HHMI Gilliam Fellowship for Advanced Studies

Daniel Ehrens

HHMI International Student Research Fellowship

Qian Cao

Martin and Carol Macht Research Award

David Herzfeld

NIH National Research Service Awards

Scott Albert
Alyssa Kosmides
Kristen Kozielski
Christopher T. Saeu
Collin Tokheim

NSF Graduate Research Fellowships

Sohail Zahid
Joseph Yu
Yuan Rui

Roche Fellow of the ARCS Foundation

Kunal Parikh

Whitaker International Program Scholar

Matthew Kerr

Congratulations and best wishes for continued success.

April 15, 2016

Congratulations 2016 JH Young Investigators’ Award winners

Each spring Johns Hopkins honors exceptional graduate students and postdoctoral fellows at the annual Young Investigators’ Day celebration. The day is meant to celebrate the achievement and hard work of not only the award winners, but of all Johns Hopkins’ research trainees. This year BME PhD candidates Daniel Herzfeld and Xindong Song, along with BME MD PhD candidate Shin Rong Lee were selected to receive distinguished awards. Read the full article 

April 7, 2016

PhD candidates Murphy, Rui, and Yu awarded NSF Graduate Research Fellowships

BME graduate students Sean Murphy, Yuan Rui and Joseph Yu have been awarded 2016-17 Graduate Research Fellowships (GRF) from the National Science Foundation. The awardees were chosen from a pool of almost 17,000 applicants. The fellowships were based on demonstrated potential for significant research achievement, and for strengthening the science and engineering enterprise.

Sean MurphySean Murphy is currently investigating the role of microRNAs in maturation, and their application to developing new therapies for heart disease. Sean currently works in Dr. Chulan Kwon’s Heart Generation and Regeneration Lab.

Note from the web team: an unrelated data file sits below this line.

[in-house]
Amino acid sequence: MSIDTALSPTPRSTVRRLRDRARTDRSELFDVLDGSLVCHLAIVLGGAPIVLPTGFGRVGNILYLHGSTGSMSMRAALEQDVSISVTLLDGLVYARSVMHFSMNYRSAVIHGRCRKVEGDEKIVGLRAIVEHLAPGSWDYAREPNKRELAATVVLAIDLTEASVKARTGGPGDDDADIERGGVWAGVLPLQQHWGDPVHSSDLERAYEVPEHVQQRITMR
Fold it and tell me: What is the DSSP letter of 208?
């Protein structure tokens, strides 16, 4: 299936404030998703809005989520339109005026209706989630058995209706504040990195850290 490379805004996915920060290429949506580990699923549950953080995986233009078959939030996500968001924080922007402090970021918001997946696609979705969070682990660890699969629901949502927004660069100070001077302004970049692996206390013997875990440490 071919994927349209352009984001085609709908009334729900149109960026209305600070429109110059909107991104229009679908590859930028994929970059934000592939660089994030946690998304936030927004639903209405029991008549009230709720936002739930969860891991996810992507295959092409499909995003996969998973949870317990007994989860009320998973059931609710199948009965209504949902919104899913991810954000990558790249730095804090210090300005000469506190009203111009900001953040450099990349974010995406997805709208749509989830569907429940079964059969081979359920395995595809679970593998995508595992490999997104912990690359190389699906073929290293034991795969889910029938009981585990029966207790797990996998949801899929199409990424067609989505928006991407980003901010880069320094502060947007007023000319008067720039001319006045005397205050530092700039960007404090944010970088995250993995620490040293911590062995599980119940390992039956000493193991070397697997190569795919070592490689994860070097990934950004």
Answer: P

Yuan RuiYuan Rui is currently exploring using polymeric nanoparticles for gene delivery applications in cancer treatment and works for under the guidance of Dr. Jordan Green.

Joseph Yu is a PhD candidate in the Institute for Computational Medicine (ICM). He currently studies how genetic variability among myocytes in the heart can lead to arrhythmia using whole-heart computational models in the lab of Dr. Natalia Trayanova.

The Department of Biomedical Engineering wishes the awardees continued success in achieving their career goals. Learn more.

March 17, 2016

BME PhD student David R. Wilson receives award from ASGCT

David R. Wilson has been honored with a 2016 Meritorious Abstract Travel Award from the American Society of Gene & Cell Therapy (ASGCT). This was awarded based on the merit of David’s submitted abstract, "Development of a pH Sensor to Probe Endosomal Buffering of Polymeric Nanoparticles Effective for Gene Delivery." David will present his work at the ASGCT 19th Annual Meeting in Washington, DC, May 4–7, 2016.

The American Society of Gene & Cell Therapy advances knowledge, awareness, and education leading to the discovery and clinical application of gene and cell therapies to alleviate human disease.

The Department of Biomedical Engineering congratulates David on this award.

PhD student Randall Meyer awarded $15,000 ARCS scholarship

Congratulations to Randall Meyer who has been named a 2016-2017 ARCS Foundation Scholarship recipient. This is a graduate award of $15,000 for education-related expenses and research activities. Randall is also invited to present his research at the 2016 ARCS annual awards reception at the National Academy of Sciences in Washington, DC.

The ARCS Foundation is a national organization dedicated to supporting the best and brightest U.S. graduate and undergraduate scholars by providing financial awards in science, engineering and medical research.